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Activist Marie Mott speaks during a city council meeting at the John P. Franklin Sr. City Council Building on Tuesday, July 16, 2019 in Chattanooga, Tenn. Mott addressed the city council about various recent law enforcement issues.

The appointment of a former Chattanooga Police Department sergeant to the city's new Police Advisory and Review Committee came under scrutiny again Tuesday by both council members and members of the public.

When District 1 Commissioner Chip Henderson appointed Rick Mincy, a retired Chattanooga police sergeant who left the department after more than two decades of service in 2014, to the citizen oversight committee last week, District 5 Councilman Russell Gilbert and District 9 Councilwoman Demetrus Coonrod voted against the appointment, opposing the idea that any present or former Chattanooga police officer would be on the board.

During Tuesday afternoon's Strategic Planning Meeting, Coonrod first called for the council to allow citizens to vote in a referendum to remove the board from under the council, making it more independent, adding that she was working with the city attorney to draft such legislation.

Then she called for the council to prevent former police from being on the board in the future.

some text Sylvester Harris, a member of the police advisory and review committee, speaks during a city council meeting at the John P. Franklin Sr. City Council Building on Tuesday, July 16, 2019 in Chattanooga, Tenn. Harris opposes the appointment of current or former police officers to the committee.

"And I'm really concerned about having an ex-officer serving on the board. I know it's our councilman's choice and it was an oversight on our part that we didn't pick it up while we were combing through," Coonrod said. "I think [having a former Chattanooga officer] defeats the purpose of creating the board."

While Coonrod was not met with much immediate council support, members of the public echoed her concerns at the 6 p.m. voting meeting.

Sylvester Harris, who was recently appointed to Chattanooga's police advisory board by District 8 Councilman Anthony Byrd, was critical of Mincy's appointment during the public comment section of the meeting.

"I want to give [Mincy] all the praise he needs. He retired and was probably a good officer it's nothing personal toward him," Harris said, adding that he was not against police or the council. "But the problem I'm having with that nomination is once you get your pension and go to police balls it's hard to be unbiased once you're affiliated with a program you once served in."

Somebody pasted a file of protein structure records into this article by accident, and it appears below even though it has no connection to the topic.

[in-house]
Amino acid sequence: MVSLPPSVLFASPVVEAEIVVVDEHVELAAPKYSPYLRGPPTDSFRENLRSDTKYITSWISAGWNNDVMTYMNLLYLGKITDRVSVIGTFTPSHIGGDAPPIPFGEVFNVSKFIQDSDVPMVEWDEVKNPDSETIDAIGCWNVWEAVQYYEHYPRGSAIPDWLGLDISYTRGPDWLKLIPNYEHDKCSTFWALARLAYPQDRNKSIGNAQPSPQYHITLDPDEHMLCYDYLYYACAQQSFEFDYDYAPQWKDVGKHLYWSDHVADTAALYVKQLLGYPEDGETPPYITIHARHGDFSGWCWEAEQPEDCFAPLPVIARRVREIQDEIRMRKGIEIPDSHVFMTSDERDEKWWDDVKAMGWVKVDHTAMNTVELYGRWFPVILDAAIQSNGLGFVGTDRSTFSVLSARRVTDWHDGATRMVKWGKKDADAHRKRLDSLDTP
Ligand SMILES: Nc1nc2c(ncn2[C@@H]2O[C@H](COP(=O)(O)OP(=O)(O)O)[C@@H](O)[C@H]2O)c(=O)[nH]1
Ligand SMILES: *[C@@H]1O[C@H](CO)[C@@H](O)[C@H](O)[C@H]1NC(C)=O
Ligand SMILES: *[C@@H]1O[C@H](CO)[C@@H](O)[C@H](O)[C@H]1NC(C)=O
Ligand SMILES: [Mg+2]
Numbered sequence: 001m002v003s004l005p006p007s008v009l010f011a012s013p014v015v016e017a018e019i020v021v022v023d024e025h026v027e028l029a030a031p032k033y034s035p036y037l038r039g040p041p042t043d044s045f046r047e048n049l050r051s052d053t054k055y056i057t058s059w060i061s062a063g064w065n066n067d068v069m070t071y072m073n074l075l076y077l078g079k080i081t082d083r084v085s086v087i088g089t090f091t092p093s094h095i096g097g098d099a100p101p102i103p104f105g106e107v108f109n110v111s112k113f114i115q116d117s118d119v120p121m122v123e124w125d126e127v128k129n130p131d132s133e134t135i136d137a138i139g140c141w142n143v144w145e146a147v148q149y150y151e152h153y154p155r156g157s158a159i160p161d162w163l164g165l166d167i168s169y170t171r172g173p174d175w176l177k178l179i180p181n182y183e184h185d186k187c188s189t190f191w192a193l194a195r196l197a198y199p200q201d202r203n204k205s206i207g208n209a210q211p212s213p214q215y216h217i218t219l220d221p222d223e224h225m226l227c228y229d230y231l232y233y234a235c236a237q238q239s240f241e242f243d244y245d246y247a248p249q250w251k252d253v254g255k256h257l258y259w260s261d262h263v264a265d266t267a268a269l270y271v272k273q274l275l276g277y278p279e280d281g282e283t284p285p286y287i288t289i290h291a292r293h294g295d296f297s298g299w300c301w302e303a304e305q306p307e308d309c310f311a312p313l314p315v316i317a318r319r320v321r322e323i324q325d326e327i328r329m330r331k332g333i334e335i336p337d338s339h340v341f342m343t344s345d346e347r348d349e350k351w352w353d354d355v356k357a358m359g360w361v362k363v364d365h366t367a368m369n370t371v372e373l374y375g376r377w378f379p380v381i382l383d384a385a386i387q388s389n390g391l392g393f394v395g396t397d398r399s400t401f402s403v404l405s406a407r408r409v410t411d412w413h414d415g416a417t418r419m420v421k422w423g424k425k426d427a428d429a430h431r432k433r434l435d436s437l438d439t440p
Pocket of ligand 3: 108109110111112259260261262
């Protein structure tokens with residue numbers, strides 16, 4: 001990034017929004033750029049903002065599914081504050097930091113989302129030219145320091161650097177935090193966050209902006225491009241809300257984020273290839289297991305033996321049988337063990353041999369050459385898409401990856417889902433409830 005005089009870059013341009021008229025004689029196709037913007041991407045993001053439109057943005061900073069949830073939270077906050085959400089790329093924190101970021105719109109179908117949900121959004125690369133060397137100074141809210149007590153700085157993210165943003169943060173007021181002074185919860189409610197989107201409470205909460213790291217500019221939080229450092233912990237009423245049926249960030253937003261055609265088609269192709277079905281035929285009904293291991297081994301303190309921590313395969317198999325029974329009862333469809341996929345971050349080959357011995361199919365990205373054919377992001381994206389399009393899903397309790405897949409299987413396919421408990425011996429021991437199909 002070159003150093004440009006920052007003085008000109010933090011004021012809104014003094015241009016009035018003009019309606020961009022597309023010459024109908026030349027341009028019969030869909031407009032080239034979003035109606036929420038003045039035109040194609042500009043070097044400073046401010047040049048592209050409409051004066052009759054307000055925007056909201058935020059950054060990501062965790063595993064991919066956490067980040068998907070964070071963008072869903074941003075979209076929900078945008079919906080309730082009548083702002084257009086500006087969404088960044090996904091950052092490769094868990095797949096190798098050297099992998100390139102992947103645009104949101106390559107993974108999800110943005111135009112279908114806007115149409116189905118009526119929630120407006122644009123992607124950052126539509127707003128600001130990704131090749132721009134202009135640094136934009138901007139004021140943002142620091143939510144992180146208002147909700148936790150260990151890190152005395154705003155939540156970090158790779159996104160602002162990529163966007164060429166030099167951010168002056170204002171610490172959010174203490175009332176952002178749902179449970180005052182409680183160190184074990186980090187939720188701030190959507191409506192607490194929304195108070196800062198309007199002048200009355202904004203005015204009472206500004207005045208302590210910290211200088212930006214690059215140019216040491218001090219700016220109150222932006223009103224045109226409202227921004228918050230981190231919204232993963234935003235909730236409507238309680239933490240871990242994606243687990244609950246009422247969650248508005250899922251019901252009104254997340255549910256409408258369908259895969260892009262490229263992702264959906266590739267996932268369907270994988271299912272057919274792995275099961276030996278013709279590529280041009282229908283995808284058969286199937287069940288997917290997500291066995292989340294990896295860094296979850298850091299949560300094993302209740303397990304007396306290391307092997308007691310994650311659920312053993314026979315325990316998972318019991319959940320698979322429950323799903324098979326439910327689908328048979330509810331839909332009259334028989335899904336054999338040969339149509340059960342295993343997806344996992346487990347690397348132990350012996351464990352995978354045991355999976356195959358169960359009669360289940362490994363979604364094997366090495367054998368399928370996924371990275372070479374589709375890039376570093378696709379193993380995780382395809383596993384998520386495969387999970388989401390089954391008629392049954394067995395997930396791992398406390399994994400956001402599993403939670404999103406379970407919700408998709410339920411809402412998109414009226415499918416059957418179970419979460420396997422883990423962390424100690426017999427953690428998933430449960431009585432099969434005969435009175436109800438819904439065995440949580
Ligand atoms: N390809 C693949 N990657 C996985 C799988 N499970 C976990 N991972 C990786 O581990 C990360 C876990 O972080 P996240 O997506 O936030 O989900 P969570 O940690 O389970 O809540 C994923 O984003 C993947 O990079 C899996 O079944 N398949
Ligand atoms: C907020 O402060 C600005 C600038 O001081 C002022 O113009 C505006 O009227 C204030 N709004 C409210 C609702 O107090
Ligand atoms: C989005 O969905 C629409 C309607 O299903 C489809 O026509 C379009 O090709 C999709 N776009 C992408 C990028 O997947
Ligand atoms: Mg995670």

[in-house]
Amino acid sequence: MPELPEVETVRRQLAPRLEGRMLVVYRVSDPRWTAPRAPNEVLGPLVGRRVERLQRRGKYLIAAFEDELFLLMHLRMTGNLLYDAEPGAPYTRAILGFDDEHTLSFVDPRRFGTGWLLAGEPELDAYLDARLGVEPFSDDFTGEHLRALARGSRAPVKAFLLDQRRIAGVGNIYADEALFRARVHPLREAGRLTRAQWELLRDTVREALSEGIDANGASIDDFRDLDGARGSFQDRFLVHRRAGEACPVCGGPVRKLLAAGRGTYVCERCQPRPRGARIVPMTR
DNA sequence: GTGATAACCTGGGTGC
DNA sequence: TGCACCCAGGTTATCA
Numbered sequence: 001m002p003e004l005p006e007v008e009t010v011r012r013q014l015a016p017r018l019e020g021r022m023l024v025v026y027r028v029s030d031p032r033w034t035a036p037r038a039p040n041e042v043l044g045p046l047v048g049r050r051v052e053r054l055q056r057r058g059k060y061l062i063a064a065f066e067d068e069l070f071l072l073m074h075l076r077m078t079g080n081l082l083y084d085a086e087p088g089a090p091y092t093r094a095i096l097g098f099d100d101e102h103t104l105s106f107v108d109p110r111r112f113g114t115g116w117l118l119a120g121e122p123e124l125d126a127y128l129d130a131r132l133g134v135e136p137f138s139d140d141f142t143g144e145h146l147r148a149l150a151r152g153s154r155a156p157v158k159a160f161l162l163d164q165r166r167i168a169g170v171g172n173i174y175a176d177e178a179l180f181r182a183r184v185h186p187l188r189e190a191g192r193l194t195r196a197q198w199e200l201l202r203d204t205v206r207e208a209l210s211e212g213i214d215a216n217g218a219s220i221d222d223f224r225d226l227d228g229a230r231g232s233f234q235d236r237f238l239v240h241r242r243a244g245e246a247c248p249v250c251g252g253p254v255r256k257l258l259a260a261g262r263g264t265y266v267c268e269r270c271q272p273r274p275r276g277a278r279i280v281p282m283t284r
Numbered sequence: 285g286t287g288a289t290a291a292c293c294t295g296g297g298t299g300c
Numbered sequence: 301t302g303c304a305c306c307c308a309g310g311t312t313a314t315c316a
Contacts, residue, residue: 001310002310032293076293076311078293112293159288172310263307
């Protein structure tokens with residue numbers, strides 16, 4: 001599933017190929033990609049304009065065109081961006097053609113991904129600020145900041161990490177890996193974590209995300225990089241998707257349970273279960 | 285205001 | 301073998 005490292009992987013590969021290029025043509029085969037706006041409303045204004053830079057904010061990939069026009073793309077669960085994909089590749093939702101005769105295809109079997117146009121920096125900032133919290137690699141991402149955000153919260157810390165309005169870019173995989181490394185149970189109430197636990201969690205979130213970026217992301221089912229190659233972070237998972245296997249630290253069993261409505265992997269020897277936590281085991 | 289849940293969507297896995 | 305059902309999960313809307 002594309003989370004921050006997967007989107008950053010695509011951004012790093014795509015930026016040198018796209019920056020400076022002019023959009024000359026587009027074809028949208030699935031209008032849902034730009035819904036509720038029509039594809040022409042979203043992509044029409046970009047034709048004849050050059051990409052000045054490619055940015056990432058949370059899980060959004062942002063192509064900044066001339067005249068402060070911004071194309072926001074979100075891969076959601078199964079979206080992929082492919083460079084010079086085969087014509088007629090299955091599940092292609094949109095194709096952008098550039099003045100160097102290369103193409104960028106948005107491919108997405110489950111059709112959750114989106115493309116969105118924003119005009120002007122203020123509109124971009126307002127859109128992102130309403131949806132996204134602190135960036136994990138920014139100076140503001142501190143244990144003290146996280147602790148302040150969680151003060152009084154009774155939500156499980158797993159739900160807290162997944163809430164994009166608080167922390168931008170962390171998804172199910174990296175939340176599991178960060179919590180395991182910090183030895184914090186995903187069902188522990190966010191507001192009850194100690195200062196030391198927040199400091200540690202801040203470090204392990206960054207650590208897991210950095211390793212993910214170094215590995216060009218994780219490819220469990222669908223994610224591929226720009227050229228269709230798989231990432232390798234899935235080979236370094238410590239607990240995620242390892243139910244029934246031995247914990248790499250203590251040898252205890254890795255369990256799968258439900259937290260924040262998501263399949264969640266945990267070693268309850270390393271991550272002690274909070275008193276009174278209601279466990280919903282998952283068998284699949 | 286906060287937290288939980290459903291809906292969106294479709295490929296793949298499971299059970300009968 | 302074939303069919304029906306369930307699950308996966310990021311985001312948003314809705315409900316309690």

Activist Marie Mott followed Harris, pointing to a recent subpoena for a former Chattanooga police officer allegedly involved in a rape allegation cover up and an incident with a questionable cavity search by Hamilton County Sheriff's Office deputies.

"Not only do you guys need to think over the decisions you have made ... but also seeing the realistic outcomes. Has life for African-American people improved?" she asked the council members, referencing their involvement in recent police oversight issues. "Have we been liberated by any of the decision making or pace making that you have done?"

While Henderson was absent from all of Tuesday's council meetings, he said last week that the appointment was made "thoughtfully."

"I tried to make a really thoughtful decision and I understand where people are coming from, but I believe [Mincy] will be able to use his expertise to really identify when there have been policing issues," Henderson said after the appointment. "I got some input from community members and they thought he would be a good person to nominate. I wanted to make sure we have someone who will take it seriously and show up and who is invested in the issue."

Two significant rezoning matters that drew opposition last week also were passed by the council on Tuesday.

The most contentious, the rezoning of a property on Clark Road in Northeast Chattanooga, was approved unanimously despite a more-than-100-person petition against the proposed 234-unit apartment development and convenience store.

Another rezoning matter in St. Elmo changed three properties on Tennessee Avenue from C-2 commercial to UGC commercial, to allow for a more strictly commercial development.

The rezoning was approved unanimously by present council members, with conditions requiring that an existing right-of-way between two of the parcels remain open for pedestrian use and prohibiting certain uses, including adult-oriented establishments, self-storage facilities and auto-oriented uses.

Contact Sarah Grace Taylor at staylor@timesfreepress.com or 423-757-6416.

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Zoning map showing proposed apartments, convenience store

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Renderings for proposed mixed-use development in St. Elmo

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